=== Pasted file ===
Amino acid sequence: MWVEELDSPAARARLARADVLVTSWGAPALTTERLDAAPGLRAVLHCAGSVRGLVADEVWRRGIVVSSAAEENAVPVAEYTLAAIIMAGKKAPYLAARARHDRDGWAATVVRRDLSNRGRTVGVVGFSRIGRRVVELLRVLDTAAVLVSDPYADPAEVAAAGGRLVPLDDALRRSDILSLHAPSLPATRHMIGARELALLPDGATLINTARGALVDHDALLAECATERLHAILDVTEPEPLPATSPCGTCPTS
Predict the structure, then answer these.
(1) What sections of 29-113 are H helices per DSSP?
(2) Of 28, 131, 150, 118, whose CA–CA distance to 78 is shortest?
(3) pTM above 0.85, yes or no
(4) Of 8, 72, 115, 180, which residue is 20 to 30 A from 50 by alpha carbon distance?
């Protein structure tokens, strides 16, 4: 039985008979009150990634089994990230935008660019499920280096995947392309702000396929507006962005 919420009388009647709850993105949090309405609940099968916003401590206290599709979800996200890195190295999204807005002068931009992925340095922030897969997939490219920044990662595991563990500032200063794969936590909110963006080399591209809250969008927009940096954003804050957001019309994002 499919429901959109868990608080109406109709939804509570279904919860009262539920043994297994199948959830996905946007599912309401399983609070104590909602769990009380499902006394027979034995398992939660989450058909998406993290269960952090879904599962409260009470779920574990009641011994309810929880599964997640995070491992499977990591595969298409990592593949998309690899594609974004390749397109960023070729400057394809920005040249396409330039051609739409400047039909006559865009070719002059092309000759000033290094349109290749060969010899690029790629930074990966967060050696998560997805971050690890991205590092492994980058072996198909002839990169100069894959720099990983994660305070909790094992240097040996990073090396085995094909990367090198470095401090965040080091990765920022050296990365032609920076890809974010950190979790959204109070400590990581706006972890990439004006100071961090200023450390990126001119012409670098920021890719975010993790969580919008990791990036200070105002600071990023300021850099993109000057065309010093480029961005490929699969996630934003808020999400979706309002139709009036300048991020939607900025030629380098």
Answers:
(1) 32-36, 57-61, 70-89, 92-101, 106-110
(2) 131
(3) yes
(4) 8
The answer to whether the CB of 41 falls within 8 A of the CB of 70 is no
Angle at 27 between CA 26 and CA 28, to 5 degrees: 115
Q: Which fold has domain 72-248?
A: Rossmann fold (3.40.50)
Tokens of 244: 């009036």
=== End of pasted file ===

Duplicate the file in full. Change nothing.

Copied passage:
Amino acid sequence: MWVEELDSPAARARLARADVLVTSWGAPALTTERLDAAPGLRAVLHCAGSVRGLVADEVWRRGIVVSSAAEENAVPVAEYTLAAIIMAGKKAPYLAARARHDRDGWAATVVRRDLSNRGRTVGVVGFSRIGRRVVELLRVLDTAAVLVSDPYADPAEVAAAGGRLVPLDDALRRSDILSLHAPSLPATRHMIGARELALLPDGATLINTARGALVDHDALLAECATERLHAILDVTEPEPLPATSPCGTCPTS
Predict the structure, then answer these.
(1) What sections of 29-113 are H helices per DSSP?
(2) Of 28, 131, 150, 118, whose CA–CA distance to 78 is shortest?
(3) pTM above 0.85, yes or no
(4) Of 8, 72, 115, 180, which residue is 20 to 30 A from 50 by alpha carbon distance?
């Protein structure tokens, strides 16, 4: 039985008979009150990634089994990230935008660019499920280096995947392309702000396929507006962005 919420009388009647709850993105949090309405609940099968916003401590206290599709979800996200890195190295999204807005002068931009992925340095922030897969997939490219920044990662595991563990500032200063794969936590909110963006080399591209809250969008927009940096954003804050957001019309994002 499919429901959109868990608080109406109709939804509570279904919860009262539920043994297994199948959830996905946007599912309401399983609070104590909602769990009380499902006394027979034995398992939660989450058909998406993290269960952090879904599962409260009470779920574990009641011994309810929880599964997640995070491992499977990591595969298409990592593949998309690899594609974004390749397109960023070729400057394809920005040249396409330039051609739409400047039909006559865009070719002059092309000759000033290094349109290749060969010899690029790629930074990966967060050696998560997805971050690890991205590092492994980058072996198909002839990169100069894959720099990983994660305070909790094992240097040996990073090396085995094909990367090198470095401090965040080091990765920022050296990365032609920076890809974010950190979790959204109070400590990581706006972890990439004006100071961090200023450390990126001119012409670098920021890719975010993790969580919008990791990036200070105002600071990023300021850099993109000057065309010093480029961005490929699969996630934003808020999400979706309002139709009036300048991020939607900025030629380098």
Answers:
(1) 32-36, 57-61, 70-89, 92-101, 106-110
(2) 131
(3) yes
(4) 8
The answer to whether the CB of 41 falls within 8 A of the CB of 70 is no
Angle at 27 between CA 26 and CA 28, to 5 degrees: 115
Q: Which fold has domain 72-248?
A: Rossmann fold (3.40.50)
Tokens of 244: 């009036």